Dressed in white shirts and black slacks, 12 young men filed quietly into the council chambers of the Clayton Center. They stood for a moment facing the audience, then sat down.
The teens are taking a nine-month class that aims to prevent sexual assault. It’s called the Rites of Passage Sexual Violence Prevention program, and the presentation March 28 was a chance for members of the community to see what the young men are learning.
“I wanted the community to acknowledge what they are doing,” said the program’s leader, Terence Leathers of Mt. Vernon Christian Church in Clayton “Just wanting [the boys] to know there are people in the community who support them.”
Parents and siblings of the young men, their mentors and keynote speakers talked about the program and the boys’ progress.
Mentor Terrell McCaskill praised the attitude of the youth. “There were plenty of times they told you to pull your pants up, cut your hair, do this and that, which I thought was really outrageous,” he said. “But the boys were like, ‘Yes, sir, we’ll do it.’”
He added: “The whole purpose of this program today is to applaud these young men for showing us that we do have hope, and they will be able to take this community to the next level.”
The program, funded by the N.C. Department of Justice through the N.C. Coalition Against Sexual Assault, has been running for two years. Leathers said it yields good results.
“The whole concept is based on sexual-violence prevention,” he said.
The boys, who come from Selma, Clayton and Smithfield, attend monthly meetings to sharpen their awareness of how to prevent sexual violence. They also receive one-on-one training from adult mentors over the course of the nine months.
The boys learn the five “wells” of well dressed, well read, well spoken, well traveled and well balanced. Their monthly meetings focus on a different “well” and tie that “well” into respecting women.
For example, Leathers said, “We try to mingle the concept of being able to dress appropriately as a man with the fact that you don’t have the right to touch a girl in a certain way because they dress in a way you believe is inappropriate.”
It works, Leathers said. “One boy, he used to call his sister the b-word. He would always slam the door in her face,” he said. “After he went through the program, his sister wrote a note to us, and she said that her brother had changed.”
“Whatever you do, please keep doing it,” the sister wrote.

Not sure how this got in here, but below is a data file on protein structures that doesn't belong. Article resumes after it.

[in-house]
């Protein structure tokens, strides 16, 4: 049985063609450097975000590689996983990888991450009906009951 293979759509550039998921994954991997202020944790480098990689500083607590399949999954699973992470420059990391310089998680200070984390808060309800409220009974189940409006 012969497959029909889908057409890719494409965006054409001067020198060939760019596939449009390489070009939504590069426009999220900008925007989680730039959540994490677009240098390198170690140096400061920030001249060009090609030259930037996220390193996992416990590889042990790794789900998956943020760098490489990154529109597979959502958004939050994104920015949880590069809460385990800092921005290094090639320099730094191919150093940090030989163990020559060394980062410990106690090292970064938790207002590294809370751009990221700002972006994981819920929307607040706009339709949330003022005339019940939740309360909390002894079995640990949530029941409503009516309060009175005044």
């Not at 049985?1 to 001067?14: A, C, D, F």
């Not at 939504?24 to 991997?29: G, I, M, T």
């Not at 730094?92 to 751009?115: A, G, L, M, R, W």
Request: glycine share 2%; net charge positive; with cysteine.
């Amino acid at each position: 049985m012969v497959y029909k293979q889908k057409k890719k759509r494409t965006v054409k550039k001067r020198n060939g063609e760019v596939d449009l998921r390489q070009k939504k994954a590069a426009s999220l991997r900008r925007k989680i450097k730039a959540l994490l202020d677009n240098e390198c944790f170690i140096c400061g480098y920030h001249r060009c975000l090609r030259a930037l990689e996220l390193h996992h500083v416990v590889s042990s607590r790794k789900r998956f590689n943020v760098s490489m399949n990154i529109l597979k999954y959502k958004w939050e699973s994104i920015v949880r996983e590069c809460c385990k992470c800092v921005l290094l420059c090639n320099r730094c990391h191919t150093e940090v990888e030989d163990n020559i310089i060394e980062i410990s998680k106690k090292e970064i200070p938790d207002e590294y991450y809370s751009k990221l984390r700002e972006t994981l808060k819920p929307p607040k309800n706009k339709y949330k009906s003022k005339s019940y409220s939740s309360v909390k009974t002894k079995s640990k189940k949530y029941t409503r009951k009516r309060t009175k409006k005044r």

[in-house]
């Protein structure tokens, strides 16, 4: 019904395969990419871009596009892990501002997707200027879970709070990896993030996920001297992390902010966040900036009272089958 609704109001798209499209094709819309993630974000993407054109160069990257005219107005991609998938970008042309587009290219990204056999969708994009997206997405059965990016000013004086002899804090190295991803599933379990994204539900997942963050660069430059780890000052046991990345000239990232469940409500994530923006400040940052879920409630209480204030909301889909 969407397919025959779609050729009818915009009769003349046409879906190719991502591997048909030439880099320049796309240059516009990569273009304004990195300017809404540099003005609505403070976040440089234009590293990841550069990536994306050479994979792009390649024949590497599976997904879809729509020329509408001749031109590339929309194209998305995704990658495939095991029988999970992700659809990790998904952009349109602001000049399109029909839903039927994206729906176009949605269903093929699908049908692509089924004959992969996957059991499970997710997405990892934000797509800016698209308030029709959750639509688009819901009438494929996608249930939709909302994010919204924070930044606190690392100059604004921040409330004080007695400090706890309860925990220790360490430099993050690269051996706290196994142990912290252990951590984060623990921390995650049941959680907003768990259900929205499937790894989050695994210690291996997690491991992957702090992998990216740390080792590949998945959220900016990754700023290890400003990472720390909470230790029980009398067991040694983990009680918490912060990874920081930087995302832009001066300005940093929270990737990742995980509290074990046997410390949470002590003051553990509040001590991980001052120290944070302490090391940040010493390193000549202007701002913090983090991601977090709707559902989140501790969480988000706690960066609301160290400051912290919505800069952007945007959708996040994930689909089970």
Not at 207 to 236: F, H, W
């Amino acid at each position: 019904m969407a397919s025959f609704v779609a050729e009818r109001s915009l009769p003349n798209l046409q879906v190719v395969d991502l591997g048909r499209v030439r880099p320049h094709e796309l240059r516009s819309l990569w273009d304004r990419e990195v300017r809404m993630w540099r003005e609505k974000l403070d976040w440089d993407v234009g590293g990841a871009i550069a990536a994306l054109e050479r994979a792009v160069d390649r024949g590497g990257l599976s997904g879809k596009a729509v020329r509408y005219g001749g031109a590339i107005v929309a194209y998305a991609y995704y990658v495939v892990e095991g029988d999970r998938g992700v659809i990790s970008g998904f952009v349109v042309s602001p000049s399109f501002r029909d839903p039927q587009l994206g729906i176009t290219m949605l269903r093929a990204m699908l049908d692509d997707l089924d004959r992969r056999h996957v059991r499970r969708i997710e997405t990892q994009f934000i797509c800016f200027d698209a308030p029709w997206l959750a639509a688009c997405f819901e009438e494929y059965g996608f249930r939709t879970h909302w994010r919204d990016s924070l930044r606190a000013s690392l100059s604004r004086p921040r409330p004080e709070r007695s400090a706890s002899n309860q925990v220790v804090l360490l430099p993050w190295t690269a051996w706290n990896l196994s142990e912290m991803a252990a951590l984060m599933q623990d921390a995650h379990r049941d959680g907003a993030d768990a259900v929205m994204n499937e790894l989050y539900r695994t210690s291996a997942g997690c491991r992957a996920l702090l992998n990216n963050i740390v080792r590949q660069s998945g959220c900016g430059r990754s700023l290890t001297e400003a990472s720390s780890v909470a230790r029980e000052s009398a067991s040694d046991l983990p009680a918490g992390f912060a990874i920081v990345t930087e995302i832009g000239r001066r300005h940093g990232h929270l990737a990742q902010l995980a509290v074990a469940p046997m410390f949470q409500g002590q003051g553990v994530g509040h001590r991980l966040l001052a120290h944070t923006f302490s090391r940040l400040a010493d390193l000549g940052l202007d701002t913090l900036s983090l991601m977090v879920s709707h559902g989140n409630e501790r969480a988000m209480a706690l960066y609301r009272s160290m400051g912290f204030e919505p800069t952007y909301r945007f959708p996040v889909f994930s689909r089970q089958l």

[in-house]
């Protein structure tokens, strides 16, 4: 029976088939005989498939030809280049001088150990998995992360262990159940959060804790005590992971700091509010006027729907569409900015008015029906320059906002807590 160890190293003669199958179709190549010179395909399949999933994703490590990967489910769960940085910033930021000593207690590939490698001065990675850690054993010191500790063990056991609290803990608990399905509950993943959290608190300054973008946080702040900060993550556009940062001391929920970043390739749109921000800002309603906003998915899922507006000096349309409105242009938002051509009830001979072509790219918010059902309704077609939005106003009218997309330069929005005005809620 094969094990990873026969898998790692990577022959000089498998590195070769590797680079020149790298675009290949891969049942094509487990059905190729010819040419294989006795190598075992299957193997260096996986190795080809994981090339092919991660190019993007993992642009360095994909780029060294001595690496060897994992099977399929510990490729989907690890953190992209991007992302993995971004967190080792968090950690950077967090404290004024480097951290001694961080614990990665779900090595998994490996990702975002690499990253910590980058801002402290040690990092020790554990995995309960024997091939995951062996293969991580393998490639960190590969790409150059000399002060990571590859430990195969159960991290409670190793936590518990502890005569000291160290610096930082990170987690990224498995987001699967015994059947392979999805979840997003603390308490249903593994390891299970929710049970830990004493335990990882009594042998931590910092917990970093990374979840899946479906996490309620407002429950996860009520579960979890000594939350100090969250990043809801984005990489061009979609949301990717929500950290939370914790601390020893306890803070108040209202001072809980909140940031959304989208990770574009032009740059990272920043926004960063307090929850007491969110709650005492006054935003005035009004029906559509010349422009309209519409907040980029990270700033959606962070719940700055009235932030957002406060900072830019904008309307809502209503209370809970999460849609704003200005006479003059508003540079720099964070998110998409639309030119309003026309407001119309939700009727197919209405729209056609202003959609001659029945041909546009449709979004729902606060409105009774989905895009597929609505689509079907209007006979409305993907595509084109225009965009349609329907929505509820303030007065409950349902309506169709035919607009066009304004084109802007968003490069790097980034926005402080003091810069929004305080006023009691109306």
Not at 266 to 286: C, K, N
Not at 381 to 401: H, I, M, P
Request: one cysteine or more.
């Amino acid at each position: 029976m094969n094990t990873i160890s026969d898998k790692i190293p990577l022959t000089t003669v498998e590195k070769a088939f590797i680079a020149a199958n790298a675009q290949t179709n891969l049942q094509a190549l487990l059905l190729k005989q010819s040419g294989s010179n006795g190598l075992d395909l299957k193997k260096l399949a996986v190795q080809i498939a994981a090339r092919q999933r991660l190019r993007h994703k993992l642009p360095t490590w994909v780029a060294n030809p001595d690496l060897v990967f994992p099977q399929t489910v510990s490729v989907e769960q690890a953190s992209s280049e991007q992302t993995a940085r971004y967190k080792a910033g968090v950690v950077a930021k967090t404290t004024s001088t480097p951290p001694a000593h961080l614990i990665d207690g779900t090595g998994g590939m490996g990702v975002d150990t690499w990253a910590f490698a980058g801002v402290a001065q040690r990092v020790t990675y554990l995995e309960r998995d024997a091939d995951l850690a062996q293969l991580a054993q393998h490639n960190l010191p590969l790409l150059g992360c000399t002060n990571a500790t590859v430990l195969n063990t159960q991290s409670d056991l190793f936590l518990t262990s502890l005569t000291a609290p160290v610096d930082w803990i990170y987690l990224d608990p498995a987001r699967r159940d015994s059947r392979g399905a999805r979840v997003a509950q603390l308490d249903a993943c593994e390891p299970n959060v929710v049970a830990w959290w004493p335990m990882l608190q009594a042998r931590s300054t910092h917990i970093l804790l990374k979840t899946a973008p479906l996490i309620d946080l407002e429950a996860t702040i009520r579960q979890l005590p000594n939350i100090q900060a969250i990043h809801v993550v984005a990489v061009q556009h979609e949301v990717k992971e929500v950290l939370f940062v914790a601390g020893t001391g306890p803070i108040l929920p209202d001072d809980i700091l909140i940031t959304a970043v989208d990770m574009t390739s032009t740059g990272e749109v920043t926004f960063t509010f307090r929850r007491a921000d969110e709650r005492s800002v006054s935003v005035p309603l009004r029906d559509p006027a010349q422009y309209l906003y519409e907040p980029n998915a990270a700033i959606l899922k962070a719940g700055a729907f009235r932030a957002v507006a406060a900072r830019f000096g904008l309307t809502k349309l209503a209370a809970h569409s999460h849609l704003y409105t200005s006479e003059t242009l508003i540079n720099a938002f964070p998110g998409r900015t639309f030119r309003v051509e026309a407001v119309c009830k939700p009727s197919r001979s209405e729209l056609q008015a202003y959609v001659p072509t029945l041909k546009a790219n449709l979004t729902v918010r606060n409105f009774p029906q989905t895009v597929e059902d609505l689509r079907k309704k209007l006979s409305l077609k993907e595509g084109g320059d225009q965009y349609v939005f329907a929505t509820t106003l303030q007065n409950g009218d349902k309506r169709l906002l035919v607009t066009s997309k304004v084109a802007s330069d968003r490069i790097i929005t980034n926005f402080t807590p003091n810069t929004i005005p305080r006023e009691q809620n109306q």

Leathers said those moments are “little steps” of true improvement. “If he can open the door for her now, think how far he’s come that he sees there is something special about her, something significant about her life,” he said. “Maybe he’ll recognize the significance of all women and treat them differently.”
The March 28 presentation was a midway point in the program. The young men will conclude their training with a crossing over ceremony in September.
At one point in the presentation, each boy offered personal testimony about his time in the program.
“My name is Kameron Kelbaugh,” said one, “and I am a mentee in the Rites of Passage program, and one thing I learned is to never treat a woman bad and to treat her like your mom.”
“My name is Keyshawn Barbour,” said another. “I’m a mentee in the Rites of Passage program, and one thing I’ve learned are the five wells – well traveled, meaning there is a lot more to see than just Clayton or North Carolina.”
In addition, the young men heard advice from older members of the program. Willie Bridges told them: “Whatever you do, do it for the glory of God. Never doubt. Never, never have a doubt in your heart. Trust him. Believe him. And care for one another.”
Keynote speaker David Arnett reminded the audience to support the boys in the learning process. He told the young men: “I believe in you, and I believe in what you’re doing, and I believe that you are somebody different and that you are transitioning.”
Clayton Councilman Michael Grannis gave the closing remarks. He encouraged the young men to stay on the right path, and he shared a story from his college days when he questioned Catholicism.
“I came up with my definition,” Grannis said. “But then I thought of another religion. It was called ‘Michaelism.’”
The audience laughed.
“My way is better than Catholicism or better than God’s way. I did that for a number of years,” Grannissaid. “I came back. The difference you folks have here today is you don’t have to try something else. You’ve got it all here right now, and you can live that every day.”